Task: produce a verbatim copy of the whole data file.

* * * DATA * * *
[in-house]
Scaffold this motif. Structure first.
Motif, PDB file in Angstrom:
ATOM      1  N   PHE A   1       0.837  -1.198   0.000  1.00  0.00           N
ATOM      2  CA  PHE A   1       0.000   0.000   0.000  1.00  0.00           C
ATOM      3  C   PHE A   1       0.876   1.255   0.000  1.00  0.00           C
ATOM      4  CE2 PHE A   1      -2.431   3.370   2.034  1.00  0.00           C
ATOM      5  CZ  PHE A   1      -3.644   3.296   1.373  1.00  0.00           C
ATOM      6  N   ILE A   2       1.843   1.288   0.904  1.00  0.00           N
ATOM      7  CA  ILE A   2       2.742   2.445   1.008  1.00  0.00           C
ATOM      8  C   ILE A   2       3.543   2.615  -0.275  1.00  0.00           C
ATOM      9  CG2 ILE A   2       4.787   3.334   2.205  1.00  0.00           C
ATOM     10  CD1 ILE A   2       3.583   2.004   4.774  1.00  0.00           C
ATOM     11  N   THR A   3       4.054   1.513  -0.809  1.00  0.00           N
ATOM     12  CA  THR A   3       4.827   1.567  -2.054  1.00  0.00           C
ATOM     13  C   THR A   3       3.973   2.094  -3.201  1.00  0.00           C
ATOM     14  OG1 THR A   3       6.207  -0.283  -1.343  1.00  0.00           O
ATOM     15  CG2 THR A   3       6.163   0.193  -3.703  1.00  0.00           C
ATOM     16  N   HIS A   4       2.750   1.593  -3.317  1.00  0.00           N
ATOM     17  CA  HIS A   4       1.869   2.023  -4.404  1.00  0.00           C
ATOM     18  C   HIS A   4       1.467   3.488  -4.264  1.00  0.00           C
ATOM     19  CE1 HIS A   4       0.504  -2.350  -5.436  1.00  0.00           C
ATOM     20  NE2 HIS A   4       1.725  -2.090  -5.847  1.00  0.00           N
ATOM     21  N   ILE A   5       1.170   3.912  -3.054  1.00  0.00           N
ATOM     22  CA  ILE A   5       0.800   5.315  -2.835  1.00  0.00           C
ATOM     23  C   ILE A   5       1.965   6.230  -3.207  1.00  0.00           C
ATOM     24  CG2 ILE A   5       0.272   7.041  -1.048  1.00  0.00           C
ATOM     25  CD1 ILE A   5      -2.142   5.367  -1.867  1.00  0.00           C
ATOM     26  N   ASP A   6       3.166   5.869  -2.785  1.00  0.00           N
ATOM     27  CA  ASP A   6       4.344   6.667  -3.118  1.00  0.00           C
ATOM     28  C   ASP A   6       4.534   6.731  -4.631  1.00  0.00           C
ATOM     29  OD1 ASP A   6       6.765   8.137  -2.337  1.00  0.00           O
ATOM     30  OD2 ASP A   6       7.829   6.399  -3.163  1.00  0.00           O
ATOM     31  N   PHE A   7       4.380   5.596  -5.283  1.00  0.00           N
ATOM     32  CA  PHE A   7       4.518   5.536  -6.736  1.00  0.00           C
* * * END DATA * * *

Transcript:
[in-house]
Scaffold this motif. Structure first.
Motif, PDB file in Angstrom:
ATOM      1  N   PHE A   1       0.837  -1.198   0.000  1.00  0.00           N
ATOM      2  CA  PHE A   1       0.000   0.000   0.000  1.00  0.00           C
ATOM      3  C   PHE A   1       0.876   1.255   0.000  1.00  0.00           C
ATOM      4  CE2 PHE A   1      -2.431   3.370   2.034  1.00  0.00           C
ATOM      5  CZ  PHE A   1      -3.644   3.296   1.373  1.00  0.00           C
ATOM      6  N   ILE A   2       1.843   1.288   0.904  1.00  0.00           N
ATOM      7  CA  ILE A   2       2.742   2.445   1.008  1.00  0.00           C
ATOM      8  C   ILE A   2       3.543   2.615  -0.275  1.00  0.00           C
ATOM      9  CG2 ILE A   2       4.787   3.334   2.205  1.00  0.00           C
ATOM     10  CD1 ILE A   2       3.583   2.004   4.774  1.00  0.00           C
ATOM     11  N   THR A   3       4.054   1.513  -0.809  1.00  0.00           N
ATOM     12  CA  THR A   3       4.827   1.567  -2.054  1.00  0.00           C
ATOM     13  C   THR A   3       3.973   2.094  -3.201  1.00  0.00           C
ATOM     14  OG1 THR A   3       6.207  -0.283  -1.343  1.00  0.00           O
ATOM     15  CG2 THR A   3       6.163   0.193  -3.703  1.00  0.00           C
ATOM     16  N   HIS A   4       2.750   1.593  -3.317  1.00  0.00           N
ATOM     17  CA  HIS A   4       1.869   2.023  -4.404  1.00  0.00           C
ATOM     18  C   HIS A   4       1.467   3.488  -4.264  1.00  0.00           C
ATOM     19  CE1 HIS A   4       0.504  -2.350  -5.436  1.00  0.00           C
ATOM     20  NE2 HIS A   4       1.725  -2.090  -5.847  1.00  0.00           N
ATOM     21  N   ILE A   5       1.170   3.912  -3.054  1.00  0.00           N
ATOM     22  CA  ILE A   5       0.800   5.315  -2.835  1.00  0.00           C
ATOM     23  C   ILE A   5       1.965   6.230  -3.207  1.00  0.00           C
ATOM     24  CG2 ILE A   5       0.272   7.041  -1.048  1.00  0.00           C
ATOM     25  CD1 ILE A   5      -2.142   5.367  -1.867  1.00  0.00           C
ATOM     26  N   ASP A   6       3.166   5.869  -2.785  1.00  0.00           N
ATOM     27  CA  ASP A   6       4.344   6.667  -3.118  1.00  0.00           C
ATOM     28  C   ASP A   6       4.534   6.731  -4.631  1.00  0.00           C
ATOM     29  OD1 ASP A   6       6.765   8.137  -2.337  1.00  0.00           O
ATOM     30  OD2 ASP A   6       7.829   6.399  -3.163  1.00  0.00           O
ATOM     31  N   PHE A   7       4.380   5.596  -5.283  1.00  0.00           N
ATOM     32  CA  PHE A   7       4.518   5.536  -6.736  1.00  0.00           C